Washington, D.C. At a federal jail in Florida that is experiencing a staffing shortage, disgraced sports doctor Larry Nassar was stabbed numerous times by another prisoner. Nassar was found guilty of sexually abusing Olympic and collegiate female gymnasts.
Nassar was in a stable condition on Monday, according to two individuals familiar with the situation who spoke to The Associated Press. The assault took place on Sunday at the United States Penitentiary Coleman.
Nassar, according to one of the witnesses, had been stabbed in the chest and back. Due to a lack of personnel, one of the persons said that the two cops manning the unit where Nassar was being detained were had to work extra shifts.
The individuals talked to the AP on the condition of anonymity because they were not allowed to publicly discuss specifics of the attack or the ongoing investigation.
Due to his convictions in state and federal courts, Nassar is currently serving decades in jail. He admits to sexually abusing athletes while employed by USA Gymnastics in Indianapolis and Michigan State University, both of which train Olympians. In a separate instance, Nassar admitted to having pictures of child sexual assault.
Larry Nassar's final appeal in the sexual assault case is denied
The problem of staffing shortages for the federal Bureau of Prisons was brought to attention in 2019 when convicted billionaire Jeffrey Epstein committed himself while being held in a federal prison in New York.
Nearly one-third of federal correctional officer posts worldwide, according to an Associated Press investigation in 2021, were empty, requiring institutions to hire chefs, instructors, nurses, and other employees to watch over inmates. Other jails' ability to respond to emergencies, such as suicides, has been impeded by a lack of personnel.
With more than 30,000 workers, 158,000 inmates, and an annual budget of roughly $8 billion, the Bureau of Prisons is the largest institution in the Justice Department. Other AP investigations have shown sexual abuse and criminal activity there, among other issues.
Colette Peters, the bureau's new boss, was appointed last year to overhaul the troubled organization. She has committed to introduce more openness and overhaul antiquated recruiting procedures. But issues still exist, as seen by Ted Kaczynski, or the "Unabomber," recently taking his own life in a North Carolina federal prison.
One of the persons with knowledge of the situation claimed that on Sunday, one of the cops in Nassar's unit was working his third consecutive shift, which amounted to a 16-hour day. The subject stated that the other cop was on their second consecutive shift.
The first woman to publicly accuse Nassar, Rachael Denhollander, tweeted on Monday that none of the women she spoke with was celebrating Nassar's attack. We lament the fact that defending others against him came with the almost certainty that we would discover this someday.
How was Larry Nassar let to exploit athletes for such a long time?
Sarah Klein, a different victim, claimed that being stabbed makes her and other victims relive their pain and abuse at the hands of Nassar and the institutions, such as law enforcement, that supported and enabled him to prey on children.
"I want him to serve out the harsh jail term he was given as a result of the voices of survivors. Violence is ethically reprehensible, and I categorically oppose it because it would give Nassar an easy way out, Klein said in an email statement.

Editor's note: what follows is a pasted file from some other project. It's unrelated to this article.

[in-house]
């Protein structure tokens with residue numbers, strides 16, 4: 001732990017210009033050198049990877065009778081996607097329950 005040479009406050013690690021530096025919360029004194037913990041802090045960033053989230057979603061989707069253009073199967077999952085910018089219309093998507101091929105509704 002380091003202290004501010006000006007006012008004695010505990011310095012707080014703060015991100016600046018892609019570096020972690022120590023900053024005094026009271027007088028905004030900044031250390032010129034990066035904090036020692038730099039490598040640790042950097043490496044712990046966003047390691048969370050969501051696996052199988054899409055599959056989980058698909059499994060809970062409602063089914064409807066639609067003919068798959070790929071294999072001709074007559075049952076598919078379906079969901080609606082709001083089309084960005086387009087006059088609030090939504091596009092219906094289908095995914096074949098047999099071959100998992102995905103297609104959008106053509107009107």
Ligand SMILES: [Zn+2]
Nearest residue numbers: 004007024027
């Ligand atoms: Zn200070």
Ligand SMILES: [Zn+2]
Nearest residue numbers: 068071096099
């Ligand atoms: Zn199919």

In 2018, Nassar, who sexually assaulted athletes while pretending to cure them, was sentenced after more than 150 women and girls gave testimony. Over the course of the more than two decades of sexual assault, several of them claimed to have notified authorities, such as coaches and athletic trainers, what was happening but that nothing was done about it.
In all, more than 100 women, including Olympic gold medalist Simone Biles, are suing the federal government for more than $1 billion because the FBI failed to stop Nassar despite learning of the claims against him in 2015. More than a year later, in 2016, Michigan State University police were able to apprehend him.
In July 2021, the inspector general of the Justice Department stated that the FBI's investigation into the claims of sexual assault against Nassar contained "fundamental" mistakes and that the issue was not handled with the "utmost seriousness." Before the FBI got involved, other players came out to report being assaulted.
After conducting its own internal investigation, USA Gymnastics' then-president Stephen Penny informed the FBI field office in Indianapolis of the claims. However, the agency did not launch a formal probe for several months.
The FBI admitted to behavior that was "inexcusable and a discredit" to the country's top law enforcement organization.
More than 300 women and girls who were molested by Nassar received $500 million from Michigan State, which was accused of letting opportunities to stop him pass over a long period of time. The US Olympic and Paralympic Committee and USA Gymnastics reached a $380 million settlement.
The Michigan Supreme Court dismissed Nassar's final appeal in June 2022. Based on retaliatory comments made by Ingham County Judge Rosemarie Aquilina, who labeled Nassar a "monster" who would "wither" in jail like the evil witch in "The Wizard of Oz," Nassar's attorneys said he was unfairly punished in 2018 and needed a fresh hearing.
Nassar's appeal was deemed to be a "close question" by the state Supreme Court, which also expressed "concerns" over the judge's behavior. However, the court also observed that despite her controversial remarks, Aquilina adhered to the sentence arrangement negotiated by attorneys in the case.
Reporting from New York was Sisak.